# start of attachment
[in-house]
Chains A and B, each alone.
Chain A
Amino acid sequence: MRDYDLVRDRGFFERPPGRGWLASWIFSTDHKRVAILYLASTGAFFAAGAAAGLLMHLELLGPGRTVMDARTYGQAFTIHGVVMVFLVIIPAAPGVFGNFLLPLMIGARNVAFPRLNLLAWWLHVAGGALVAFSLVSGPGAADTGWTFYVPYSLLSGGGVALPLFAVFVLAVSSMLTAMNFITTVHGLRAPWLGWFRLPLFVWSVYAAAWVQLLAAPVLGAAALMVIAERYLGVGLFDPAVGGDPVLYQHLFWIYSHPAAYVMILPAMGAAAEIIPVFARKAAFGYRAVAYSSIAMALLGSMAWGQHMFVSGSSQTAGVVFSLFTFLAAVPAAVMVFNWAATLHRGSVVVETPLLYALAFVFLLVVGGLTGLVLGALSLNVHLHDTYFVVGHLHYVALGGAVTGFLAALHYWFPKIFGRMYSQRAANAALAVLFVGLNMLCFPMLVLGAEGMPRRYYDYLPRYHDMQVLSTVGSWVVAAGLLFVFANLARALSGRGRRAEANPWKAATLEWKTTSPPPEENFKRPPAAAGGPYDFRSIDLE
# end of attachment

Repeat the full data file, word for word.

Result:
[in-house]
Chains A and B, each alone.
Chain A
Amino acid sequence: MRDYDLVRDRGFFERPPGRGWLASWIFSTDHKRVAILYLASTGAFFAAGAAAGLLMHLELLGPGRTVMDARTYGQAFTIHGVVMVFLVIIPAAPGVFGNFLLPLMIGARNVAFPRLNLLAWWLHVAGGALVAFSLVSGPGAADTGWTFYVPYSLLSGGGVALPLFAVFVLAVSSMLTAMNFITTVHGLRAPWLGWFRLPLFVWSVYAAAWVQLLAAPVLGAAALMVIAERYLGVGLFDPAVGGDPVLYQHLFWIYSHPAAYVMILPAMGAAAEIIPVFARKAAFGYRAVAYSSIAMALLGSMAWGQHMFVSGSSQTAGVVFSLFTFLAAVPAAVMVFNWAATLHRGSVVVETPLLYALAFVFLLVVGGLTGLVLGALSLNVHLHDTYFVVGHLHYVALGGAVTGFLAALHYWFPKIFGRMYSQRAANAALAVLFVGLNMLCFPMLVLGAEGMPRRYYDYLPRYHDMQVLSTVGSWVVAAGLLFVFANLARALSGRGRRAEANPWKAATLEWKTTSPPPEENFKRPPAAAGGPYDFRSIDLE